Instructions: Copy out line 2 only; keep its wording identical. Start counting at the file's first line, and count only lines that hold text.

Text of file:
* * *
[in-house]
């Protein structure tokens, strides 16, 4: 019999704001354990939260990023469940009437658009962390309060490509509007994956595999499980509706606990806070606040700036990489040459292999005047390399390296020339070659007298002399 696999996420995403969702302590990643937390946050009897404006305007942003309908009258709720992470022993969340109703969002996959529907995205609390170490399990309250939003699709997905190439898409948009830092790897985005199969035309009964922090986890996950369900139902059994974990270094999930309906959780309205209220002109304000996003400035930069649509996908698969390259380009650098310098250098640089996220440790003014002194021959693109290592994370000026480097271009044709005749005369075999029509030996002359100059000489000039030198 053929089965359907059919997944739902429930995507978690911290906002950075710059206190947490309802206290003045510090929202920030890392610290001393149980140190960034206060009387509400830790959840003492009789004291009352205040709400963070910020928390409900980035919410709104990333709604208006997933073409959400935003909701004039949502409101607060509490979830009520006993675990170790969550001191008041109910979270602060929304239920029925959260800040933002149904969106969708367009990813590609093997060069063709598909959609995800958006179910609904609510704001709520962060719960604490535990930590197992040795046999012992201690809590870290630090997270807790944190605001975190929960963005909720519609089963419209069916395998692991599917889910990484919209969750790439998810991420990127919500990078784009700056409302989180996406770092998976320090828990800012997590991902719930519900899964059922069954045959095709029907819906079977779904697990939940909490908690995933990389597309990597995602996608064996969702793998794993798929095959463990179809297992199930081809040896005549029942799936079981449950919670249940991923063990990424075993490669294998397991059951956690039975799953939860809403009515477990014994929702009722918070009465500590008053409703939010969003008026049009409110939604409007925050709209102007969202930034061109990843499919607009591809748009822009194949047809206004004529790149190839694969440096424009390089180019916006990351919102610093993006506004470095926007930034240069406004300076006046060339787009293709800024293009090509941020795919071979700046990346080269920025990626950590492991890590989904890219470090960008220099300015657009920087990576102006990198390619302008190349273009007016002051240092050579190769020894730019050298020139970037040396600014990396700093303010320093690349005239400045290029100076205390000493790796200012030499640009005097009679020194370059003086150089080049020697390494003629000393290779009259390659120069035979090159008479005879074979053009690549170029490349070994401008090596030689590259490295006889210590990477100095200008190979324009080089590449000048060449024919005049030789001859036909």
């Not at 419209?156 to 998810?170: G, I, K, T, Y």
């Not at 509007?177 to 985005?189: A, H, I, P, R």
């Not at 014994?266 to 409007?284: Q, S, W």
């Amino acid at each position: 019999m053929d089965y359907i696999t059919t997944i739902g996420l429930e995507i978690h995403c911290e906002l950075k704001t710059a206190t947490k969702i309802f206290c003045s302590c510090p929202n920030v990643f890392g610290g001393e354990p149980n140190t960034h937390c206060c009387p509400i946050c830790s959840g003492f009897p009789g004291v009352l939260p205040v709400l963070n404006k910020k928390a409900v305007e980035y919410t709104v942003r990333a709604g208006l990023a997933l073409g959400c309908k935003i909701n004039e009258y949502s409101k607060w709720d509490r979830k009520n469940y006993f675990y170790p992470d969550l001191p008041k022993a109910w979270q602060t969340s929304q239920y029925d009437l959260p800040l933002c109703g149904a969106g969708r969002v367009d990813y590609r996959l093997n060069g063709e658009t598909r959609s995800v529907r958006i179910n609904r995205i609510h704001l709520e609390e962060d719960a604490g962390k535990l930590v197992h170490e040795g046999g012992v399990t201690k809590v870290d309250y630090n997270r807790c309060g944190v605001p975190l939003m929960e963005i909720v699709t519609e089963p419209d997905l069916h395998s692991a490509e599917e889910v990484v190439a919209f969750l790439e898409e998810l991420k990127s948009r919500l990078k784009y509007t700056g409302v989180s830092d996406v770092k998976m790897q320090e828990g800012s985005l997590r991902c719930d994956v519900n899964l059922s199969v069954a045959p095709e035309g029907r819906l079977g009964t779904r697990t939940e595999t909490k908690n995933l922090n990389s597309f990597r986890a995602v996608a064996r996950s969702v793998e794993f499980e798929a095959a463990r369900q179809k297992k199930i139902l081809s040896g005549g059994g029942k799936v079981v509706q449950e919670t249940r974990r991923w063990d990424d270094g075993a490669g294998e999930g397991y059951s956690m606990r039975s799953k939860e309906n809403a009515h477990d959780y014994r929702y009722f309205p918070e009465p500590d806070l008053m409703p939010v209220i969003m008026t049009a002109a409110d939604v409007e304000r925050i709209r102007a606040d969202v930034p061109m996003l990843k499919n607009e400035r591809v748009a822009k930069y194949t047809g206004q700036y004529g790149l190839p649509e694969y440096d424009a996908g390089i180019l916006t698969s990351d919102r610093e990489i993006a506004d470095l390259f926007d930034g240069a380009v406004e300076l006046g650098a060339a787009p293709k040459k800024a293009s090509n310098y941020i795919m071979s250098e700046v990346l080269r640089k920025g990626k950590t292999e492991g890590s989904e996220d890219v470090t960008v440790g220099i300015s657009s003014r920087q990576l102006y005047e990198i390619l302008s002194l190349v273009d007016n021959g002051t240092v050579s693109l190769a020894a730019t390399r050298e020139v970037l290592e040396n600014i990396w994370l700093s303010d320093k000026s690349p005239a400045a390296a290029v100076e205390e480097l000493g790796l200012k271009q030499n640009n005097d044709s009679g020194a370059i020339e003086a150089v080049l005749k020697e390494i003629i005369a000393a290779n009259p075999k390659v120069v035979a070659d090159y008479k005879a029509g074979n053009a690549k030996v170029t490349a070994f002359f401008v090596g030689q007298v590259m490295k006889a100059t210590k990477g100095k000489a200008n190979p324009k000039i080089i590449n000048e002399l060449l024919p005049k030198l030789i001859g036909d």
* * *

């Protein structure tokens, strides 16, 4: 019999704001354990939260990023469940009437658009962390309060490509509007994956595999499980509706606990806070606040700036990489040459292999005047390399390296020339070659007298002399 696999996420995403969702302590990643937390946050009897404006305007942003309908009258709720992470022993969340109703969002996959529907995205609390170490399990309250939003699709997905190439898409948009830092790897985005199969035309009964922090986890996950369900139902059994974990270094999930309906959780309205209220002109304000996003400035930069649509996908698969390259380009650098310098250098640089996220440790003014002194021959693109290592994370000026480097271009044709005749005369075999029509030996002359100059000489000039030198 053929089965359907059919997944739902429930995507978690911290906002950075710059206190947490309802206290003045510090929202920030890392610290001393149980140190960034206060009387509400830790959840003492009789004291009352205040709400963070910020928390409900980035919410709104990333709604208006997933073409959400935003909701004039949502409101607060509490979830009520006993675990170790969550001191008041109910979270602060929304239920029925959260800040933002149904969106969708367009990813590609093997060069063709598909959609995800958006179910609904609510704001709520962060719960604490535990930590197992040795046999012992201690809590870290630090997270807790944190605001975190929960963005909720519609089963419209069916395998692991599917889910990484919209969750790439998810991420990127919500990078784009700056409302989180996406770092998976320090828990800012997590991902719930519900899964059922069954045959095709029907819906079977779904697990939940909490908690995933990389597309990597995602996608064996969702793998794993798929095959463990179809297992199930081809040896005549029942799936079981449950919670249940991923063990990424075993490669294998397991059951956690039975799953939860809403009515477990014994929702009722918070009465500590008053409703939010969003008026049009409110939604409007925050709209102007969202930034061109990843499919607009591809748009822009194949047809206004004529790149190839694969440096424009390089180019916006990351919102610093993006506004470095926007930034240069406004300076006046060339787009293709800024293009090509941020795919071979700046990346080269920025990626950590492991890590989904890219470090960008220099300015657009920087990576102006990198390619302008190349273009007016002051240092050579190769020894730019050298020139970037040396600014990396700093303010320093690349005239400045290029100076205390000493790796200012030499640009005097009679020194370059003086150089080049020697390494003629000393290779009259390659120069035979090159008479005879074979053009690549170029490349070994401008090596030689590259490295006889210590990477100095200008190979324009080089590449000048060449024919005049030789001859036909």